A new £1 million global award for engineering will celebrate outstanding advances in engineering that have created significant benefit to humanity.
The Queen Elizabeth Prize for Engineering will be awarded biennially to one individual or team of up to three people, of any nationality, directly responsible for advancing the application of engineering knowledge. The first prize winners will be announced in December 2012, with the first award ceremony in Spring 2013.
It is hoped that over time the award will have the same stature as the Nobel Prizes.
The Queen Elizabeth Prize for Engineering Foundation has been set up to oversee delivery of the prize, and the day-to-day running will be handled by the Royal Academy of Engineering.
Former BP chief executive Lord Browne, who will chair the foundation, said: “Engineering underpins every aspect of our lives.
“As the bridge between scientific discovery and commercial application, engineering feeds and clothes us, and enables us to work, travel and communicate. But too often the engineers behind the most brilliant innovations remain hidden.
“The Queen Elizabeth Prize aims to change that. It will celebrate, on an international scale, the very best engineering in the world. I believe that this prize will inspire the public, especially young people, with a sense of the excitement and the importance of engineering.”
The award, funded by firms including defence giant BAE Systems, oil producer Shell and drugs company GlaxoSmithKline, was launched today at the Science Museum in London.
Prime Minister David Cameron said he hoped the prize would carry the same stature as the Nobel Prizes.
“For too long Britain's economy has been over-reliant on consumer debt and financial services. We want to rebalance the economy so that Britain makes things again - high skilled high value manufacturing and engineering should be a central part of our long term future. I hope this prize will go some way to inspire and excite young people about engineering, so that they dream of becoming engineers as they once did in the age of Stephenson and Brunel,” Cameron said.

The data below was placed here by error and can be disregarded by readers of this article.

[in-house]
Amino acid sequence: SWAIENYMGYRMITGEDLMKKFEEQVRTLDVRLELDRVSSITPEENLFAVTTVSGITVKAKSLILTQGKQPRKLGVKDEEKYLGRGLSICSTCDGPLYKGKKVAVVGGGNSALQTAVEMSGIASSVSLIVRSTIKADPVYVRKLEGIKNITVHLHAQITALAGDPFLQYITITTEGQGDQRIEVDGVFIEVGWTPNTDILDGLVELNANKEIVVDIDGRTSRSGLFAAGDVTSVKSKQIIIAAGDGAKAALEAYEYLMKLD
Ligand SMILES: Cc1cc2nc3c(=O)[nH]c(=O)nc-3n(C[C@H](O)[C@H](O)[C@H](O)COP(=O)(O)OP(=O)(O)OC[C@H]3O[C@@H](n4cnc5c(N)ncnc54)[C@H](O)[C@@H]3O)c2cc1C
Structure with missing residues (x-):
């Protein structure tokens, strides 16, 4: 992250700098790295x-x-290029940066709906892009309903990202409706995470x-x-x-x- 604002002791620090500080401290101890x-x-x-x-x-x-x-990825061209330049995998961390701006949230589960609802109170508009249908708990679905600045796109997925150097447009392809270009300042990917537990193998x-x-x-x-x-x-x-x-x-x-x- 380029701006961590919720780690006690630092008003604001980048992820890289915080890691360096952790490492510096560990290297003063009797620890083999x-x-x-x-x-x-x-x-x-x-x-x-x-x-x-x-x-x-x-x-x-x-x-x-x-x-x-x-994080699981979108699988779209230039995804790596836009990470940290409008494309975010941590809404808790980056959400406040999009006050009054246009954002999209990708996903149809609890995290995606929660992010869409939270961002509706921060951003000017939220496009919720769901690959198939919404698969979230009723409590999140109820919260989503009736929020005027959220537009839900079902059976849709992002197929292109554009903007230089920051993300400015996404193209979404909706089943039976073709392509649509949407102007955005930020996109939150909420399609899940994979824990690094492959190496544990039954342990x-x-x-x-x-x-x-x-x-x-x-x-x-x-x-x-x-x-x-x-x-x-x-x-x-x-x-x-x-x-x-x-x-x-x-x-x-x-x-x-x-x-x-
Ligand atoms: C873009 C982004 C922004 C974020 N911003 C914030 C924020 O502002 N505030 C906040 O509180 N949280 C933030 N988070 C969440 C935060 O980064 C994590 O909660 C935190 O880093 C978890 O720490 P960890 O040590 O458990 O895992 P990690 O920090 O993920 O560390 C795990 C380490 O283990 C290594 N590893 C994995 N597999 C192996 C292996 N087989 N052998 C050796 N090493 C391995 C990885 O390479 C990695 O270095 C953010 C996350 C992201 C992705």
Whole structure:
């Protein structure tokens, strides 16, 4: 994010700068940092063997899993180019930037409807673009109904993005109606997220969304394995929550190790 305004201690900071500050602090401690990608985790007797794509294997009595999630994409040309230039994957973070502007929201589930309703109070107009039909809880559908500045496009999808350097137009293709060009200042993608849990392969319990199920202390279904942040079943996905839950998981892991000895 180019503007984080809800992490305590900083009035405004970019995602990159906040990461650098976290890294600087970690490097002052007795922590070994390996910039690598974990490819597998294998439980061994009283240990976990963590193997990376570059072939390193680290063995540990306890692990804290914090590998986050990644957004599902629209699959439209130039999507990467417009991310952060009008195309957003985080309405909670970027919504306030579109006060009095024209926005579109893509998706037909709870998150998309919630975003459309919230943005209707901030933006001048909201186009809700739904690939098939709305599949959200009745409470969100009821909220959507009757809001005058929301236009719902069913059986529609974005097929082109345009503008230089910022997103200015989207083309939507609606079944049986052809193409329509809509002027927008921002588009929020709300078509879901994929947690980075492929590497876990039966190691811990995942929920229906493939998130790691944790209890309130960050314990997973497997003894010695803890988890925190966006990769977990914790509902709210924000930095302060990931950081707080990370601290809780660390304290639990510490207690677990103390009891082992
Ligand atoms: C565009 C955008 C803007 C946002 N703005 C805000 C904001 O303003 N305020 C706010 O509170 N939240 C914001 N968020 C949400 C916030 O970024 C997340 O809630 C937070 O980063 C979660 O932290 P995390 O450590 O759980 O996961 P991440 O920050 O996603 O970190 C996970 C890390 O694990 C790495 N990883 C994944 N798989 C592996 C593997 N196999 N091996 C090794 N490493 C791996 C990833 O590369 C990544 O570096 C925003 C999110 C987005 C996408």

Lord Browne told the BBC’s Radio 4 Today programme the award was for every kind of engineering.
“I think everyone has a little bit of a problem with engineering but I think we in Britain punch a little above our weight. We have some great academic institutions producing very sought after engineers. They don't just live in the UK, they go elsewhere as well.
"We also have companies that take the fruits of discovery and do something practical with them, whether that is in pharmaceuticals, IT, energy or in structural engineering. There's a lot of different activities.
"I would say we are very good but we have to keep going as the UK and the most important thing is to inspire young people to aspire to do better."
Lord Browne said the prize would not necessarily always be won by established, qualified engineers.
He said: "Discoveries come from everywhere, innovation comes from people applying their mind - they don't actually have to be chartered engineers, indeed some of them don't have to go to university. The most brilliant, the greatest, can do something quite extraordinary from their own inner strength.
"Classification is not where we should get caught up."
Paul Davies, Head of Policy at the Institution of Engineering and Technology, said: “Engineering affects everyone everywhere in the world every day. Unfortunately, though, the achievements and importance of engineers is all too often overlooked.
“I believe that the Queen Elizabeth Prize, backed by British business, will inspire a greater awareness of engineering achievement. This is essential to solving some of the world’s problems and creating sustainable economic growth.”